GC: We designed a semi-structured methodology, where apart from assessing qualifications and work experience with specific skills, duties and responsibilities, we aim to understand the candidate on a more personal level. While a certain qualification or level of experience can be in one way or another achieved, the character of a person is something that cannot be easily changed. Therefore, we aim to investigate beyond the interests, motivations and career ambitions of our candidates.
 
For example, we give importance to what is not mentioned during the interview; in many cases, it happens that the untold story is more important than what has been said.
 
Moreover, passion and aptitude are two other key factors that should be effectively perceived, understood and taken into consideration for the job matching process within various organizations.
 
One may think that this does not apply when it comes to high-profile accountants or experienced financial managers, but it would be a wrong assumption given today’s growing importance of the concept of ‘cultural-fit’ in the workplace.
 
Therefore, be ready to give some notions about your social life and how you interact with other people, not only in terms of teamwork, but even to prove that your personality is not an obstacle to your career.

TL: In your opinion, why should professionals look for work abroad or outside their cultural or geographic comfort zone?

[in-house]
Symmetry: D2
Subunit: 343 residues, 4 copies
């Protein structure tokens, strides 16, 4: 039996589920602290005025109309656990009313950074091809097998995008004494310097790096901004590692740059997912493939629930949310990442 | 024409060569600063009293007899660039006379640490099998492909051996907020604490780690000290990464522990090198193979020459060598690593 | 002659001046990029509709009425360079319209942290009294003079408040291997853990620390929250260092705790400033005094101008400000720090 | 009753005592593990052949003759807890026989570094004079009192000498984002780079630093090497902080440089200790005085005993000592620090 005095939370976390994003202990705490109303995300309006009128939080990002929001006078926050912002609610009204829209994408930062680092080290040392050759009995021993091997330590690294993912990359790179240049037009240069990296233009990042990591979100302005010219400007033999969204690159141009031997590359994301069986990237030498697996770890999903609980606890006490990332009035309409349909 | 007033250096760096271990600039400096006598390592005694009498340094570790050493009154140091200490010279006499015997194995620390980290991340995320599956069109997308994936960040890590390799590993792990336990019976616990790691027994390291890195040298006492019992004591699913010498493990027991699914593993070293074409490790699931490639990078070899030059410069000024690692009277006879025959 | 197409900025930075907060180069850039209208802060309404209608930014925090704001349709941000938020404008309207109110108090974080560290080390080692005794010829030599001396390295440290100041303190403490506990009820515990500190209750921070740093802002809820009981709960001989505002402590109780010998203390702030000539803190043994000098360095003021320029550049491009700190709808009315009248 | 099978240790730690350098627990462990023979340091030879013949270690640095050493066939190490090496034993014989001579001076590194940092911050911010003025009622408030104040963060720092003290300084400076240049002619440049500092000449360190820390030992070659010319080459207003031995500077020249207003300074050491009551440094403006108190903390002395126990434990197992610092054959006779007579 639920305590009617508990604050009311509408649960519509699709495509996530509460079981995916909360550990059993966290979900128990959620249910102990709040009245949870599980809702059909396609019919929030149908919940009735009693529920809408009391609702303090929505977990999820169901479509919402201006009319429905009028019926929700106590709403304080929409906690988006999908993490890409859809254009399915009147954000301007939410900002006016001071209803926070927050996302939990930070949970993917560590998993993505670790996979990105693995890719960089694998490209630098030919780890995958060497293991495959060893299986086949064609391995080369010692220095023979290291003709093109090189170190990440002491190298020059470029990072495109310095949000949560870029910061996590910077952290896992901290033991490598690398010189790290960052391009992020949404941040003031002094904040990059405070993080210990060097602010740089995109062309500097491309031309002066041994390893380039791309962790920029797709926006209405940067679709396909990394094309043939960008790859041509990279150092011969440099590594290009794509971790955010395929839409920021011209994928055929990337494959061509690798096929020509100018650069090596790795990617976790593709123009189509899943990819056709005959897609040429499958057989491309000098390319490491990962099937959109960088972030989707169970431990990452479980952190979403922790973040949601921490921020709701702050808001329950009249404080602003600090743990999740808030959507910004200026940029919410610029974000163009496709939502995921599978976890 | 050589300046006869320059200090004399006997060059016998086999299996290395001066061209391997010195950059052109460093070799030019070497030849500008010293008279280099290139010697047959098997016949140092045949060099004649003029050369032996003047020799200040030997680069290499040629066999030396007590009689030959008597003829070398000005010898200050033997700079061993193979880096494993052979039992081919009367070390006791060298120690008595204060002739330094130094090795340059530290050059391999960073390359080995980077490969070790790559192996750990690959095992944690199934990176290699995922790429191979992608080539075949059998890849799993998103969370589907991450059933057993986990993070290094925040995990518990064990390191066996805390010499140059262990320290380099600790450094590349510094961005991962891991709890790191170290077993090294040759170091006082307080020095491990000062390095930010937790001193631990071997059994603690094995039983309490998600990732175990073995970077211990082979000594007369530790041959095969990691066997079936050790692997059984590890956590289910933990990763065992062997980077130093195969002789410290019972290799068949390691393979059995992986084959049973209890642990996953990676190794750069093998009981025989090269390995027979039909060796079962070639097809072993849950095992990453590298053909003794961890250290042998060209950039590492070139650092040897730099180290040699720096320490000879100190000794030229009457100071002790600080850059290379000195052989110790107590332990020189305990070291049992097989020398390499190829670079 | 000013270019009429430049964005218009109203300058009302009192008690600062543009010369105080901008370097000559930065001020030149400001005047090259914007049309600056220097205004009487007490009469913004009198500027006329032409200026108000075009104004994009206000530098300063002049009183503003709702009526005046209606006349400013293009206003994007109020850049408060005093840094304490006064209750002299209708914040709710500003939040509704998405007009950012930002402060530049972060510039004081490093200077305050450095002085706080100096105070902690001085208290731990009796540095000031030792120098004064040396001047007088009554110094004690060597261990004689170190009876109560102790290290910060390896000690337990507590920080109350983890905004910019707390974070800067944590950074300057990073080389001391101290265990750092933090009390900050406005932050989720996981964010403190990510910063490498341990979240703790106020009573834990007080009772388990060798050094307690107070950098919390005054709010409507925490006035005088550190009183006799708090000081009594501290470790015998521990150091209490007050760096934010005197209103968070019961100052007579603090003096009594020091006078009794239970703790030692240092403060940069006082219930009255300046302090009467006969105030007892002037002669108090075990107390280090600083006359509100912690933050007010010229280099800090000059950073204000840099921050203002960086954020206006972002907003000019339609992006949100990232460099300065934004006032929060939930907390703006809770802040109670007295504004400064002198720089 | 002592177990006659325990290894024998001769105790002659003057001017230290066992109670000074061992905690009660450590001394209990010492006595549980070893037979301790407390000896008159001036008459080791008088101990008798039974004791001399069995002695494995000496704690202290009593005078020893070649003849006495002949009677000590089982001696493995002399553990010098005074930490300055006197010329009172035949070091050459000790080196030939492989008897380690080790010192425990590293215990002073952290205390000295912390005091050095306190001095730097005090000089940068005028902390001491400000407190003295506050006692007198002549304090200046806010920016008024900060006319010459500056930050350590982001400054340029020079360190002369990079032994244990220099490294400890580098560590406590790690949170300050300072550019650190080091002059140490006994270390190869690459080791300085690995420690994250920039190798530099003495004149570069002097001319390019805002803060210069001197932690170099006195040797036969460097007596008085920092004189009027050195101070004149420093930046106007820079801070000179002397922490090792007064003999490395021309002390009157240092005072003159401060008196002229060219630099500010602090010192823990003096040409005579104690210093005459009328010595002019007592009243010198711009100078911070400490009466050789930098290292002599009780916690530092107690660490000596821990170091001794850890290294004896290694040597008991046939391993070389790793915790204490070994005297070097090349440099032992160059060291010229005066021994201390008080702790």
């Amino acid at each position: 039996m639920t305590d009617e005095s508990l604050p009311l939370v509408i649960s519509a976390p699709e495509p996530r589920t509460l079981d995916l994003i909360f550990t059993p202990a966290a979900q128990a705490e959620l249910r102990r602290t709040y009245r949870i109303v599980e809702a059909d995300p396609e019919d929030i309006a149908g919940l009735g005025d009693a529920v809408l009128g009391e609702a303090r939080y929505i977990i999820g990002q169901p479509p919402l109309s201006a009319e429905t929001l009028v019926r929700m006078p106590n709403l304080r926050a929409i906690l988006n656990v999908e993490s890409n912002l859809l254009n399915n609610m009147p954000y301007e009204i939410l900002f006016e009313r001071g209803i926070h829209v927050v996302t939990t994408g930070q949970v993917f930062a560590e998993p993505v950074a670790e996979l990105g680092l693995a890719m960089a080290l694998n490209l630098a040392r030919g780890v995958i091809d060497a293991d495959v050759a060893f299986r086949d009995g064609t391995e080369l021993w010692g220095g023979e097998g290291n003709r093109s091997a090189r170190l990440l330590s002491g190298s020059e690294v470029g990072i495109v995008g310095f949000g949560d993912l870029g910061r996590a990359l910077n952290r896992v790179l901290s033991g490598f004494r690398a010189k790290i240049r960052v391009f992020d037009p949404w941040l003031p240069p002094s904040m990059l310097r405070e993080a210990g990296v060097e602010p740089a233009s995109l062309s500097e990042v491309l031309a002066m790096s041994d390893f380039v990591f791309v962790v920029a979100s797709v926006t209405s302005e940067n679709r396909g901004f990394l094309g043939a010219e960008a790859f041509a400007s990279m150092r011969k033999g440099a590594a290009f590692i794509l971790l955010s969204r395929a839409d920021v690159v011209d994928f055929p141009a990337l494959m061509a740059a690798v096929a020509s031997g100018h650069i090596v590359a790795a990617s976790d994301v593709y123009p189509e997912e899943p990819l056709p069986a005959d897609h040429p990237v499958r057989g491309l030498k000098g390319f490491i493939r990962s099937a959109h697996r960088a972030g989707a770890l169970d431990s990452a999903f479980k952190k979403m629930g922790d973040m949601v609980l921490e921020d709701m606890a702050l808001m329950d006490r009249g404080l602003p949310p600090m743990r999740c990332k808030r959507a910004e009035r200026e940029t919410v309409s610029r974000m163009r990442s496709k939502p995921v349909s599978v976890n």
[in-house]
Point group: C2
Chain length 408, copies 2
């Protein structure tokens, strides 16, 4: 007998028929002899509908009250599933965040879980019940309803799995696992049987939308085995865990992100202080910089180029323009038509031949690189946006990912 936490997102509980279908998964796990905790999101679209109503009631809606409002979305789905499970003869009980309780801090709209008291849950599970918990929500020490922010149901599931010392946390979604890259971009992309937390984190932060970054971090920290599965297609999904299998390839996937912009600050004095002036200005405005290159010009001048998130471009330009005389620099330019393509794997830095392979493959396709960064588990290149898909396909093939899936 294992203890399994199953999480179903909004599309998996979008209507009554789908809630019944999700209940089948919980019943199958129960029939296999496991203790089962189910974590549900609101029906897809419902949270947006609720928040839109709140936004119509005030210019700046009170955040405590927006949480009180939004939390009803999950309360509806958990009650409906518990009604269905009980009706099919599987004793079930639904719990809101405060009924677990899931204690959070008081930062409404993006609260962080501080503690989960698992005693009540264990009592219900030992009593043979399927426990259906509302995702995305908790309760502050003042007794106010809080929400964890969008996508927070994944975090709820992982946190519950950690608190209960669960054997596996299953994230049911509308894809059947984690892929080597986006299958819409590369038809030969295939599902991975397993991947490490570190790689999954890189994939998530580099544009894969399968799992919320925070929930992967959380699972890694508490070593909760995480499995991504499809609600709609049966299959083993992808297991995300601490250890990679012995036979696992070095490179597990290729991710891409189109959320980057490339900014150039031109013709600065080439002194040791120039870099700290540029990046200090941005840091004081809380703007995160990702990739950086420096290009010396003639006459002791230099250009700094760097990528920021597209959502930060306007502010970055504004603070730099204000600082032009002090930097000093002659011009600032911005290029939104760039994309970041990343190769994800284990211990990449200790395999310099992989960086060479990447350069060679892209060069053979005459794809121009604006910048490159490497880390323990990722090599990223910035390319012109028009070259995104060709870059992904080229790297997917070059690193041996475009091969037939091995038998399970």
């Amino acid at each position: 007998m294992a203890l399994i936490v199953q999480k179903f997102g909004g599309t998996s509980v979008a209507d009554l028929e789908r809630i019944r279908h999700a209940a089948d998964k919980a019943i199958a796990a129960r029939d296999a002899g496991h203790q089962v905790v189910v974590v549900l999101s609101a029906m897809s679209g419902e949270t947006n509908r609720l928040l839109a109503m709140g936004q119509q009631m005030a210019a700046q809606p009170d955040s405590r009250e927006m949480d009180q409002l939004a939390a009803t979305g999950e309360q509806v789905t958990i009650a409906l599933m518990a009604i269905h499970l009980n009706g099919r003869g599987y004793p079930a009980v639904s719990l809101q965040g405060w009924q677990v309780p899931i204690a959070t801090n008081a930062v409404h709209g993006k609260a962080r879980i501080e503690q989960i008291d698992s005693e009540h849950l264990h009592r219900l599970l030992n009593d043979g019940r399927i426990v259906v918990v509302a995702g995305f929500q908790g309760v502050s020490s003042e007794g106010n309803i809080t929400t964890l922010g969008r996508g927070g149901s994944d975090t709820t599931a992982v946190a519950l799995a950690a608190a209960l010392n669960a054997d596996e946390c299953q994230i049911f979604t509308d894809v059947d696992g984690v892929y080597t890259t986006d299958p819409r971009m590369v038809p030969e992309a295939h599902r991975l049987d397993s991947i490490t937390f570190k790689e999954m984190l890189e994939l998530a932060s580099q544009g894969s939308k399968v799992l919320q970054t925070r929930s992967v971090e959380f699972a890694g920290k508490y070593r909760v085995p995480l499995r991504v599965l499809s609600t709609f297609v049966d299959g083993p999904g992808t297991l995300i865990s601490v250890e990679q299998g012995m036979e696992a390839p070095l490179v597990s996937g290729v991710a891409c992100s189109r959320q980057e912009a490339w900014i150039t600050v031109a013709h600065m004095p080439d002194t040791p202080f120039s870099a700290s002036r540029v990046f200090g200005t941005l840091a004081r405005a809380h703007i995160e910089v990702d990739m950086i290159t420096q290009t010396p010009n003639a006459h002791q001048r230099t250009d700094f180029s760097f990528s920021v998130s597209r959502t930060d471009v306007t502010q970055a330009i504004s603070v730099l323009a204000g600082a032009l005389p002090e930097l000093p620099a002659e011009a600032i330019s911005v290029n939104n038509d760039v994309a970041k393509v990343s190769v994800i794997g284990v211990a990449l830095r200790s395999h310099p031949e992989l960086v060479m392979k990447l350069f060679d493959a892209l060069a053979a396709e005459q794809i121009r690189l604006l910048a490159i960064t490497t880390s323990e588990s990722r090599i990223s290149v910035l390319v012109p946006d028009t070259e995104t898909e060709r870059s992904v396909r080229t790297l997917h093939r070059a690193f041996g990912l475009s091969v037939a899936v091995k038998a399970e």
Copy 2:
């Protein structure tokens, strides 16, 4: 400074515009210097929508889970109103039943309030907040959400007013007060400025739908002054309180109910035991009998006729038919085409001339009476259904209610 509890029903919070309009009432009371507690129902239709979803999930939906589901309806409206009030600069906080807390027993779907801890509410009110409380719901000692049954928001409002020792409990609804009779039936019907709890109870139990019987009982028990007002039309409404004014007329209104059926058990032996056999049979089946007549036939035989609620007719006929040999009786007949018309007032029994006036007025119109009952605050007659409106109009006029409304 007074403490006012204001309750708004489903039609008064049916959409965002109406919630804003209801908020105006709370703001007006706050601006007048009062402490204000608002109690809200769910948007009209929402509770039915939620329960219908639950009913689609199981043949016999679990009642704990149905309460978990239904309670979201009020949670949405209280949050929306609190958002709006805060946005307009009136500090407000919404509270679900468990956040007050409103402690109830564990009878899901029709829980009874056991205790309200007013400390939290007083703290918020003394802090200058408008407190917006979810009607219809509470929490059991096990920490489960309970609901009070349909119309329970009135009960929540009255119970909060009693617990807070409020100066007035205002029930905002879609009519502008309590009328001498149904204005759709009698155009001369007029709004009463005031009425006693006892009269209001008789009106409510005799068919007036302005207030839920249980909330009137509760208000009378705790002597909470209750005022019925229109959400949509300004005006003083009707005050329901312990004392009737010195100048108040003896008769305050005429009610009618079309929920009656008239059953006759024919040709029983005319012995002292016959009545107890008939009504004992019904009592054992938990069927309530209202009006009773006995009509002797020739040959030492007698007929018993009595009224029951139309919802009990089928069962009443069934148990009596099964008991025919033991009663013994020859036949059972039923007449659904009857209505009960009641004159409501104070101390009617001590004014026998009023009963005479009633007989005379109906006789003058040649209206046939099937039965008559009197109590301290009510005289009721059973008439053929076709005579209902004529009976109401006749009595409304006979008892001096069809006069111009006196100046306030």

GC: Being an Italian citizen living and working in a foreign country myself, I have learnt how an international experience can open your mind by allowing you to gain extraordinary knowledge and cultural baggage otherwise impossible to obtain just from books. You may discover that even while holding the same “job title,” a professional in a different country might work in a totally different manner.
 
Having said so, you can recognise that there are two distinct sides to the coin:  what you can learn and acquire, and what you can teach and give. From both sides, you and a foreign counterpart can benefit from this international exchange. Additionally, if you have reached a high standard of professionalism and you feel stuck in your current role, the more you should consider an international career move.